A ROAD safety initiative credited with reducing deadly crashes involving young people in the Wee County is returning for another year, despite worries over funding.

The Safe Drive Stay Alive roadshow is set to appear on stage during the first week of February 2020 as the hard-hitting project continues to educate senior secondary school pupils more than a decade following its launch.

Local firefighter Alan Faulds, watch manager at Alloa Fire Station and organiser of the show, has managed to secure most of the funds required and is confident the rest will be in place over the coming months.

He had been liaising with local schools to make sure the right age group is targeted at the right time of year.

Alan told the Advertiser: “The feeling I got from nearly all the schools, if not all the schools, was that they had a genuine want for it to continue because the schools believe in it greatly.

“I’ve tried to do my very best to keep it going and I’ve been working hard since the last set of shows [in February this year] to raise money.”

He explained Clackmannanshire Council has committed to providing some funding, but counterparts in Falkirk and Stirling are still to be approached.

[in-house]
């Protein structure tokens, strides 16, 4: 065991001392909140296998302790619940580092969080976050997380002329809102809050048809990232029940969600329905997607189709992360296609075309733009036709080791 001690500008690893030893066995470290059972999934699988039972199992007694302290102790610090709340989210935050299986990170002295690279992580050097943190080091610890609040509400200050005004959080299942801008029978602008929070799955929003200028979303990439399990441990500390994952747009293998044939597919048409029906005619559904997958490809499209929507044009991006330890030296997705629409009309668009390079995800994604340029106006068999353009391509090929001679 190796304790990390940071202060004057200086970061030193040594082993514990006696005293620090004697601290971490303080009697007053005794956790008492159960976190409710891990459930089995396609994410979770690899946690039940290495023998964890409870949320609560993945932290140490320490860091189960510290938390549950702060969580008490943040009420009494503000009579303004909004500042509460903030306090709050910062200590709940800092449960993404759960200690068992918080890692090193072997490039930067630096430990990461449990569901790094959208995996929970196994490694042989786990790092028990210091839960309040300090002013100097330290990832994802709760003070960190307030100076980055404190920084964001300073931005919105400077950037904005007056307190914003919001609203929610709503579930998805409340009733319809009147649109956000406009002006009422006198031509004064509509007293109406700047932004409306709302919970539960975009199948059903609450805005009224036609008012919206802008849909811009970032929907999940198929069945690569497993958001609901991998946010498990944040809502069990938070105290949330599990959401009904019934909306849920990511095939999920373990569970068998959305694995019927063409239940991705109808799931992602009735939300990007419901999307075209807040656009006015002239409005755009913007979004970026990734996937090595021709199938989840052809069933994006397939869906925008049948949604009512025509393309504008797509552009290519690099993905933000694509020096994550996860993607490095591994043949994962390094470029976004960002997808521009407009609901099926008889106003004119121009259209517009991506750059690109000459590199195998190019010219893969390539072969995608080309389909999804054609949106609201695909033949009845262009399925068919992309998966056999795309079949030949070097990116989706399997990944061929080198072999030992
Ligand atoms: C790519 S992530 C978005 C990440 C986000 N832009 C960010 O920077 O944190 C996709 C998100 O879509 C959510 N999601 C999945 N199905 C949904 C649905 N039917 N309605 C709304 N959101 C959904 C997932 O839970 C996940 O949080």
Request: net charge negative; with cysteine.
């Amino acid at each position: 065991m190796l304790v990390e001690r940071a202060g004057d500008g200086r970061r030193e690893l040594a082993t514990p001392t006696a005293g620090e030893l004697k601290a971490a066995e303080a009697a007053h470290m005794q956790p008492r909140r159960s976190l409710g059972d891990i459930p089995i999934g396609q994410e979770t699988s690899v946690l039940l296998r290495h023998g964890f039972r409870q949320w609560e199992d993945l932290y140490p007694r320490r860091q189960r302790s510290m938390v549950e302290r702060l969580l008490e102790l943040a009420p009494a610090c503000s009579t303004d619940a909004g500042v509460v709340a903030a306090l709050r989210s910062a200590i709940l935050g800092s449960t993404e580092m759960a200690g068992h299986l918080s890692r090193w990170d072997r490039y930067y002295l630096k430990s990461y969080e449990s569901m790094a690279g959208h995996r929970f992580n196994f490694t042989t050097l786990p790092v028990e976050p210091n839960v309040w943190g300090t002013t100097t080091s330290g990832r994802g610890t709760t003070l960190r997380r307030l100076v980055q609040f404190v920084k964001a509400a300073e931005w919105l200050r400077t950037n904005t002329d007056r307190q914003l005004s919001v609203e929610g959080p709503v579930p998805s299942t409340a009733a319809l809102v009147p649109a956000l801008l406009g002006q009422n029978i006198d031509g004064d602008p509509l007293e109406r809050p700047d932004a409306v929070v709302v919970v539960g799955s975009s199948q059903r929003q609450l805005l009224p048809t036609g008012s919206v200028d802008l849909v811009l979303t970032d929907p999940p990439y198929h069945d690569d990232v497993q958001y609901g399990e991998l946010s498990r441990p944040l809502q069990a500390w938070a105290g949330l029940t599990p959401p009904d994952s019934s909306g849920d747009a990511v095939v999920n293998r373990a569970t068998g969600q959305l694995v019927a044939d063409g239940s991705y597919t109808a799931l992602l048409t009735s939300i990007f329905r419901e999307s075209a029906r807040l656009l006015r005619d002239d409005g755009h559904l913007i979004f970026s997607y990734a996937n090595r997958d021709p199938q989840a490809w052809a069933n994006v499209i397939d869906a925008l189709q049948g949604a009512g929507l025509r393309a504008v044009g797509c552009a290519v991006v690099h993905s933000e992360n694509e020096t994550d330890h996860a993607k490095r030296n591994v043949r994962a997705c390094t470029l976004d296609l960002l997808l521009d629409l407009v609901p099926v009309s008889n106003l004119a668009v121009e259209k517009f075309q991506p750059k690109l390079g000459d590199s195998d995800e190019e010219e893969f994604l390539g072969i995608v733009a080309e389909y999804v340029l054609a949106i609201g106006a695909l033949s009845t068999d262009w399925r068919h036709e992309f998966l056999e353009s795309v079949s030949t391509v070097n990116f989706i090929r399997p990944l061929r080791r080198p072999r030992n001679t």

When the show was last on in February, Alan said that funding remained a challenge and that it was a possibility the latter two councils could pull the plug on their end, despite thousands of their pupils benefitting each year as well.

Nevertheless, Safe Drive Stay Alive will be back for the 12th year with emergency services personnel on the stage at the Macrobert Arts Centre in Stirling, alongside people whose lives were changed forever as a result of a collision.

Alan said: “If you look at the numbers that we’ve had over the past 12 years - the reductions in death and serious injuries in the age group that we target - it speaks for itself.

“It has a huge effect on young people’s thoughts, whether they are a passenger or driver in a car.”

According to statistics from Transport Scotland, two people a year on average were killed on Clackmannanshire’s roads between 2004-08 with 16 serious injuries – across all age groups.

In 2017 there was one fatality, though the average covering 2013-17 is actually close to zero, and there were only seven serious injuries, 10 on average in the wider time period.

The show is hard-hitting with real people and real stories in focus, Alva Academy’s headteacher Scott McEwan earlier this year described it as something that is “extremely powerful and leaves a real impression on our pupils”.

Alan explained the focus is not just on the drivers, but passengers as well.

He added: “Statistically speaking with [figures] we’ve had from Police Scotland and from the Scottish Government; behaviour within a car causes more incidents than anything else.”